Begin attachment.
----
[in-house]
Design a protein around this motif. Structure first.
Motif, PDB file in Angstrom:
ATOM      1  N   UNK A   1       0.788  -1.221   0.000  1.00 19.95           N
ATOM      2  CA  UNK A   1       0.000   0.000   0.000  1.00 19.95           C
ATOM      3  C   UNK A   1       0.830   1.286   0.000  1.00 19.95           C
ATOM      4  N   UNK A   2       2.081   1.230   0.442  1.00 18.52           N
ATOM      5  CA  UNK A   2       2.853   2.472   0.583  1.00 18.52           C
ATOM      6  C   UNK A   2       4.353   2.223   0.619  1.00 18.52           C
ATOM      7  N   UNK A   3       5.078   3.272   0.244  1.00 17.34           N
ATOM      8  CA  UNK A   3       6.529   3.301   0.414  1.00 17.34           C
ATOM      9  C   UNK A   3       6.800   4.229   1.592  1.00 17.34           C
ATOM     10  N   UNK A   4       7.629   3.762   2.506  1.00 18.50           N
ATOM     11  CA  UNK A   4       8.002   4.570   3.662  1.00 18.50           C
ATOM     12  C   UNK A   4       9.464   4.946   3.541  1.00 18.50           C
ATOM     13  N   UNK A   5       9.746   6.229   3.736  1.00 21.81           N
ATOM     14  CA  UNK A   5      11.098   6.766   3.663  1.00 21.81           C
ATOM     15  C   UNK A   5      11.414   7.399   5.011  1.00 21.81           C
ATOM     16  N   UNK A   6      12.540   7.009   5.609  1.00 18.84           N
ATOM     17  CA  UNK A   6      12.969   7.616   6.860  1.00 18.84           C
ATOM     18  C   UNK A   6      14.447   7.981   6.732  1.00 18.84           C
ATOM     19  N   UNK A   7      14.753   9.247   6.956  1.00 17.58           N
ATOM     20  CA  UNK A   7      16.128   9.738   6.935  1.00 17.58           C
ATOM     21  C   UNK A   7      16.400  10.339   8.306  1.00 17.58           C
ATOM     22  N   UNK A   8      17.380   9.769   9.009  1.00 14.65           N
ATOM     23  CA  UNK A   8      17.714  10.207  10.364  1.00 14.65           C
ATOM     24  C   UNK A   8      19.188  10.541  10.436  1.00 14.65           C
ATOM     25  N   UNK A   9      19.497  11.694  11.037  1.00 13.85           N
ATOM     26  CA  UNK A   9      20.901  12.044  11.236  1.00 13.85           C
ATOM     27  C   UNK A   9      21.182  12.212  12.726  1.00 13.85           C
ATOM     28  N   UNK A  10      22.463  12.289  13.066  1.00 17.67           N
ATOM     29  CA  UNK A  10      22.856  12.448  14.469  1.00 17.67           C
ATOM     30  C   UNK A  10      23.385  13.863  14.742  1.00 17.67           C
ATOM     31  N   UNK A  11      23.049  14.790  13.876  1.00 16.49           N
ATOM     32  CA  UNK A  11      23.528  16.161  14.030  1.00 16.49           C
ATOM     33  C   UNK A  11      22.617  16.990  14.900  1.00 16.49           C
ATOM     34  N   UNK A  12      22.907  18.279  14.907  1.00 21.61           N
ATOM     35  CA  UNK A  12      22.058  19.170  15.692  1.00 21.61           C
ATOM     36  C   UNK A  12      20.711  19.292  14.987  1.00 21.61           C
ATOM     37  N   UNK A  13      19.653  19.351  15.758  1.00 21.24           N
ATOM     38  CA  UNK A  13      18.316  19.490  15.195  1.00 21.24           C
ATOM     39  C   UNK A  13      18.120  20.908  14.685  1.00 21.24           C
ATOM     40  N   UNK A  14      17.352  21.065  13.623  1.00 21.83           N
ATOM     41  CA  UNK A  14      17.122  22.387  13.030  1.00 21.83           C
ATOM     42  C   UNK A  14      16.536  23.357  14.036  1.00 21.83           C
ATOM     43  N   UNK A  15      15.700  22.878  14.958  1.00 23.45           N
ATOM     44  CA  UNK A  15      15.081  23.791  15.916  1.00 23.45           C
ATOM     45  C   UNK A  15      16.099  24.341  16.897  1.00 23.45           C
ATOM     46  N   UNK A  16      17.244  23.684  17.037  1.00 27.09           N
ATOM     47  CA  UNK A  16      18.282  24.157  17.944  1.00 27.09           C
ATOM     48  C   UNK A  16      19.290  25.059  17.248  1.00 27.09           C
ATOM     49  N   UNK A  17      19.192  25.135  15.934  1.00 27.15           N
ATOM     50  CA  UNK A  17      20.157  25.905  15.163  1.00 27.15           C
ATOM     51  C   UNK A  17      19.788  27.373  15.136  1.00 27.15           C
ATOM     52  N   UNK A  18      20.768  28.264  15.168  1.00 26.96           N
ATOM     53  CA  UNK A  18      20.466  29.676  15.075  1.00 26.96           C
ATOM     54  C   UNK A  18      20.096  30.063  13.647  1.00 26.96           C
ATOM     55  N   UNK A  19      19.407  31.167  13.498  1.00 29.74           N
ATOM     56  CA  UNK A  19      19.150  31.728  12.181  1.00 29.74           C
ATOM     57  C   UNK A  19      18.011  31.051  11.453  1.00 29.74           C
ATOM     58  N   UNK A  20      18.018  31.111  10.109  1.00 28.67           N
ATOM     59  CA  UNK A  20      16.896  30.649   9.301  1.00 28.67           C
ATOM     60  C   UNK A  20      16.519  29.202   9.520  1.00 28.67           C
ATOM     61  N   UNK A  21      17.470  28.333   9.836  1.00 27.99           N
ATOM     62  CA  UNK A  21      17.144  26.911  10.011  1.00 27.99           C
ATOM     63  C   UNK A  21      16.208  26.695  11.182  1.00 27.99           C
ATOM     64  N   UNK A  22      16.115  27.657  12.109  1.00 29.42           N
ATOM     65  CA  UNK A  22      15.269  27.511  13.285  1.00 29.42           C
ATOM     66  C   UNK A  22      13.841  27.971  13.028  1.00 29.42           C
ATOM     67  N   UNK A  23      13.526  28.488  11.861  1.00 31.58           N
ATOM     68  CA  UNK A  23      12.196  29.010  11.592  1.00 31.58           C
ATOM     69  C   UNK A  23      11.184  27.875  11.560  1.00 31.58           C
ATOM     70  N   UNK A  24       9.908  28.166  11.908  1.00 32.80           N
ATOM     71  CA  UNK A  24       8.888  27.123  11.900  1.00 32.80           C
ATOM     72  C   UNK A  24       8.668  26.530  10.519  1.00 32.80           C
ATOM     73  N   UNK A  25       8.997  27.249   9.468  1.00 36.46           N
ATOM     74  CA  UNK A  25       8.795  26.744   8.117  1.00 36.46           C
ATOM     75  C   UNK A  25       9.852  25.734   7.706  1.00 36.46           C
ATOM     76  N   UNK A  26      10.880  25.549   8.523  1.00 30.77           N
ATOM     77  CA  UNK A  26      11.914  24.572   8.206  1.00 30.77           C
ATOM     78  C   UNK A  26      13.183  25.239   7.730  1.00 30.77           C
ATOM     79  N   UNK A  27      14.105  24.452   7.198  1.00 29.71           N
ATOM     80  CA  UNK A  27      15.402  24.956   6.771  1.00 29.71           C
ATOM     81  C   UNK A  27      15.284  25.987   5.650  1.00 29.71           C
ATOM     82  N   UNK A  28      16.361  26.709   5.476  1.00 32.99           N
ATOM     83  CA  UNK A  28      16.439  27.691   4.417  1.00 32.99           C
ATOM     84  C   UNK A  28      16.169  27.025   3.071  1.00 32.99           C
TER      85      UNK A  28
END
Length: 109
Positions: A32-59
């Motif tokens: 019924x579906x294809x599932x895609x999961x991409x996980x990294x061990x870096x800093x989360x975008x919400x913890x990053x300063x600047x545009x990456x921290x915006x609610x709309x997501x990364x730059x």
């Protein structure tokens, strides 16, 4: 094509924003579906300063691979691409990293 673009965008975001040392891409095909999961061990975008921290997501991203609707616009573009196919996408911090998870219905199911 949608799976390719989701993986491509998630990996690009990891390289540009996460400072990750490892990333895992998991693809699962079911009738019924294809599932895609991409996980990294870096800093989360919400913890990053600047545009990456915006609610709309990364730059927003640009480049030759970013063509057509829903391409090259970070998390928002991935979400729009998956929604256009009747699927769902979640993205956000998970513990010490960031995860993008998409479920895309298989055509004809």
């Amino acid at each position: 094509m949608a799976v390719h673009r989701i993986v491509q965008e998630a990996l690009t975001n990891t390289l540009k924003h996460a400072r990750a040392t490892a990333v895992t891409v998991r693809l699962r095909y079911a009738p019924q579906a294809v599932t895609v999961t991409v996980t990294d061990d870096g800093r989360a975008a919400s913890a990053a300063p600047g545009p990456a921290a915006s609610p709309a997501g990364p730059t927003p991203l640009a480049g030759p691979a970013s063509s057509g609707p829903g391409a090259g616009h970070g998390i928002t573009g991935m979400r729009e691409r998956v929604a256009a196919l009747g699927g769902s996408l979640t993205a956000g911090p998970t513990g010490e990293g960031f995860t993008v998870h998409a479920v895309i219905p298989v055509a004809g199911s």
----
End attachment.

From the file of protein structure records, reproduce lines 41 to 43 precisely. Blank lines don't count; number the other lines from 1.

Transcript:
ATOM     38  CA  UNK A  13      18.316  19.490  15.195  1.00 21.24           C
ATOM     39  C   UNK A  13      18.120  20.908  14.685  1.00 21.24           C
ATOM     40  N   UNK A  14      17.352  21.065  13.623  1.00 21.83           N